I have a strong desire to live outside my comfort zone and challenge my children to do the same. I believe that’s how spiritual growth happens. I had spent the past 6 mo. reciting passages from the book “Do Hard Things” to my kids (and anyone who would listen) when I heard about the trip to Maisha that some soccer-mom friends were planning. I was instantly drawn to it.
What an opportunity for Aubrey & I to experience a different culture and so many “firsts” – international travel, a mission trip, working with children in a culture where poverty is the norm, and a running experience that would be amazing.
Running is often my metaphor for life. I don’t run with music, and rarely friends. It really isn’t a social thing for me. It’s just what I do, and where I’ve found a lot of peace. Many prayers have been answered in mileage afoot – probably because I’m still enough, mentally, to truly listen.
I kind of like pain, so I was excited about an opportunity to run in the Rift Valley Mountains in Kenya– mostly because I wasn’t sure I could do it, and there was no way I could truly prepare for it here in Oklahoma. It would definitely be a test of will. However, the marathon would be the relaxing part – the only thing besides my daughter that I was accustomed to!
I honestly didn’t know if I could handle the travel, being away from Sam and Jerry, the anxiety of keeping Aubrey safe – and I wasn’t exactly sure how to prepare for this. Definitely an uncomfortable situation for a person who has spent her life creating, coaching, or following a training plan! After much running and praying, I knew God had a plan for us in this. I just had to trust Him to get us to the start line.
It was important to me that this mission trip not be something I was doing to make me feel better about myself or to check off my bucket list. I wanted to be a “learner.” The more I prayed, the more God assured me. The scripture was clear as I read every day. “Without faith, it is impossible to please God,” “Have I not commanded you? Be strong and courageous”– that’s pretty clear! I knew this trip was an act of obedience, but God continued to assure me along the way, as a Father would. I felt God would use this trip as a crash course, and, on this side of it, that’s an understatement!!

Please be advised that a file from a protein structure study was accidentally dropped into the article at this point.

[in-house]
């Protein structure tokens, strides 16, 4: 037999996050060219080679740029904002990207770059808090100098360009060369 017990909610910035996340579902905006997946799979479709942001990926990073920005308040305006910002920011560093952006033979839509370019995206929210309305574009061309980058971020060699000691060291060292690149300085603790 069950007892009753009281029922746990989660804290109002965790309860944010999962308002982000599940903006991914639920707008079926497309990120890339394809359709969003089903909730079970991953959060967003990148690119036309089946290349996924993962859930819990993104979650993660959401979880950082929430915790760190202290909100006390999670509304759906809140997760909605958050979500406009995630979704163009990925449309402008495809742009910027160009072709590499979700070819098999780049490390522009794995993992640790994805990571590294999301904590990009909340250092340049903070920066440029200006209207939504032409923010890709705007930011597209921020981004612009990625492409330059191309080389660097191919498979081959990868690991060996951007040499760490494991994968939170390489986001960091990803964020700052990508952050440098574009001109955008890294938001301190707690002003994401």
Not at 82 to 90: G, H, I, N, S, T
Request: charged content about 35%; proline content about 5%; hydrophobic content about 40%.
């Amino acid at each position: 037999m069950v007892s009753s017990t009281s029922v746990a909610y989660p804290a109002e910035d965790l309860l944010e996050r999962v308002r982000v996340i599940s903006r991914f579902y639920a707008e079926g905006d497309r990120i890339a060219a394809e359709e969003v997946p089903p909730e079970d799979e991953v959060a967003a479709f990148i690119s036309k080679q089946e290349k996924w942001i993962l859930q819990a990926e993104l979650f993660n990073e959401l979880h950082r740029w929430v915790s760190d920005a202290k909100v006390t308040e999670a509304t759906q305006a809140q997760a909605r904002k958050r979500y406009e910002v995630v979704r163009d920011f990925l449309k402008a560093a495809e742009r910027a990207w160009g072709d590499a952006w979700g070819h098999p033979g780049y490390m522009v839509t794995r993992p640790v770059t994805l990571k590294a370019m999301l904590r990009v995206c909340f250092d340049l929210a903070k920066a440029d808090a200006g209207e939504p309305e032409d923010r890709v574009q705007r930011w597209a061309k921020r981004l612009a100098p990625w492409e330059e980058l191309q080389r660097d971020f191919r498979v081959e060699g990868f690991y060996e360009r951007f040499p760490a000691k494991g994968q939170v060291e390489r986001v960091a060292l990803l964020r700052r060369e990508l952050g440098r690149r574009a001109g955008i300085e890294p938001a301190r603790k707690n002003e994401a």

We were obviously dealing with people in some very impoverished areas, both socioeconomically and from a health standpoint. That, in itself, can unleash a strong flow of emotion, but I don’t want to relive this trip through emotion. These are hard issues, but some very real work is being done through Maisha, with great vision to improve the situations there.
We worked daily with kids who probably got their 1 meal/day at the school, and with women who worked incredibly hard to see that they did. They fed hundreds of kids each day, making a small income, but working at it with all they had. Lesson on Col.3:23!
The slums were filled with people who were carrying HIV/AIDS – most were sick with something else due to their weakened immune system. We learned that public HIV/AIDS education has increased across the board, even to the classrooms of elementary school children. The government provides medicine but it is difficult for the sick to get it. Maisha helps deliver meds and food to the HIV slums. The medicine can be deadly if adequate food is not available.
Prayer, visitation and help with various family needs are also part of Maisha’s ministry. We saw firsthand what it meant to the sick to have someone checking on them and their families. These families can participate in Maisha’s “micro-financing” – borrowing money during periods of illness that is repaid when they are again able to work. Money is never given to individuals. Bea expressed that doing so would be detrimental long-term. They need a reason to work and be productive instead of giving in to their illness or expecting a handout.
The vision of Maisha is structured, and implemented to have long-term effect versus throwing dollars at immediate fixes. Maisha gives hope through education, training, and life skills. Without this approach, history will just repeat itself.
I think it takes someone like Beatrice who knows what their life is like now, and also what the possibilities for the future are – because she’s seen and lived both. She is truly an advocate for the village. I admire her patience in seeking the best way to have an impact, to involve others to help in reaching these goals, to create an environment of accountability and self-respect, and to avoid creating one of dependency.